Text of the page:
Lectio Divina for the Doctrinal, Mystical Seminarian

As part of my two-year Internship process for my seminary, each semester there is a particular Christian Spirituality practice we are to do regularly. We have done the Ignatian Examen and the Daily Office. This semester, we are doing an ancient process of sacred reading called Lectio Divina. Here’s a really great video summarizing it:

I have found this to be the most life-giving–as well as most difficult–practice of spirituality I’ve done while in seminary. And the more I do it, the more I’m convinced that this particular practice is suited so well for every seminarian to cultivate deeply in their own spiritual lives.
Now, approaching a discipline like this heightens many of the unique differences with the ways we are wired. I think I am uniquely bent towards both typical extremes you may encounter as a seminarian approaching Lectio Divina for the first time.
On one hand, you have the spiritual wiring that many seminarians probably resonate with where there is lots of content or stuff to “get through”. You know that type of devotional time: you have a series of prayers, a few paragraphs of a devotional, a set Scripture reading, etc.
In other words, you have a bunch of things you have to engage with. If you’re like me, and your mind races very quickly, the “content” of the Book of Common Prayer, a Lectionary, or a devotional can feel more like I’m skipping along the top of the water; skipping from the Opening to Sentences to the Confession to the Psalm to the Reading to the Our Father to the Collect to the end. Skip. Skip. Skip.
I feel I need lots of time to really settle into those things in a way that really connects me with God. Often, it’s only after I’m done with the prescribed discipline that I feel I can step back from those things to commune with the Spirit.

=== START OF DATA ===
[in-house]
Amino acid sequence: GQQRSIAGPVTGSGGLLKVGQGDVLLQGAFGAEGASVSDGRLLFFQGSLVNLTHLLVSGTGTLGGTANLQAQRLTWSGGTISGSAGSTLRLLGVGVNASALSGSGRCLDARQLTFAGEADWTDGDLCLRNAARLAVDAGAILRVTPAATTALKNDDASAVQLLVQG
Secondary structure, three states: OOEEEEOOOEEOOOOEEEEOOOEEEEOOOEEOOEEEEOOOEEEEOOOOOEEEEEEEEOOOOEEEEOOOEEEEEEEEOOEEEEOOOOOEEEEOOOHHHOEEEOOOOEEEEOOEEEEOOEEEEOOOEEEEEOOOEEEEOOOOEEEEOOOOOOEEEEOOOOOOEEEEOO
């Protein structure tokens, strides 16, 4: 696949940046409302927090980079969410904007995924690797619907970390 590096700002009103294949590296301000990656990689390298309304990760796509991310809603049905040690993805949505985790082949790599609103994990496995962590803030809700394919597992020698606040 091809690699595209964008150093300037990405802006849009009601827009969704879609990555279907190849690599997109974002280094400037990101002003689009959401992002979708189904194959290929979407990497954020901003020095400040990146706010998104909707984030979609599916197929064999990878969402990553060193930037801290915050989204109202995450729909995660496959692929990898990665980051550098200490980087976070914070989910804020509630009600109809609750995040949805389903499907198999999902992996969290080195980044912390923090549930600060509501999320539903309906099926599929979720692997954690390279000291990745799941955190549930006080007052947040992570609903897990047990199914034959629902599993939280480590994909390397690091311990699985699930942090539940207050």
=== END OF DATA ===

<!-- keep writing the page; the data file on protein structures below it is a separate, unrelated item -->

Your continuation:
These resources are helpful to give me “guardrails” of sorts so I don’t spin out in my thinking, and so I have a telos for my time; and I’m confident they shape and form me deeply even while I’m scattered. But still, there’s a mysticism often lacking in those disciplines.
On the other hand, I have also found a lot of great times with meditation, silence, music, breath prayers, and even praying in tongues (GASP!). These are, in a sense, “content-less” ways of engaging with God. It clears my mind, it’s embodied, and rather than skipping, it’s like floating and sinking into the depths of the Spirit.
And yet, the downside to this is its subjectivity, of course. It’s not rooted in God’s primary means of making himself known–the Scriptures. It can easily turn into a navel-gazing focus on self and experience, rather than on God.
I think most seminarians can resonate with one or both of those extremes. We like to be guided by content into our spirituality with God, or we long for a mystical communion without words or prescribed “stuff”.
For both of those groups, Lectio Divina is a great help. 
Lectio Divina is going deep with content. As a protest to the urban, secular context, it is not about what is produced, or what you “get through”. You could sit in one verse or one chapter, and that’s okay.
For me, the hardest part, is fighting the propensity to judge the quality of a “Scripture-based” discipline by the quantity of text gone through, rather than the quality of time spent with it. This makes Lectio Divina really hard.
For example, I had to preach recently on all of Hebrews 11 into the first few verses of chapter 12. I tried to do Lectio Divina through all of that (40 some-odd verses), and….well, that’s not really advised.
So if you’re looking for a Scripture-based spiritual discipline of depth, I have so far not found a better ancient practice than Lectio Divina. Read up on it and give it a chance. If you want to go even deeper, for my internship we’ve been reading through David Benner’s Opening to God: Lectio Divina & Life as Prayer.
Lastly, I’ll say that Father Martin video was so good, that we’re using his way of approaching Lectio Divina as a primary way of guiding our home group sermon discussions this year. We’re exploring all the possible applications of this ancient practice and trying to press it deeply into both our personal and communal lives.
Have you ever done Lectio Divina? What have you enjoyed about it? What do you anticipate being the hardest part about it?

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Written by paul-burkhart
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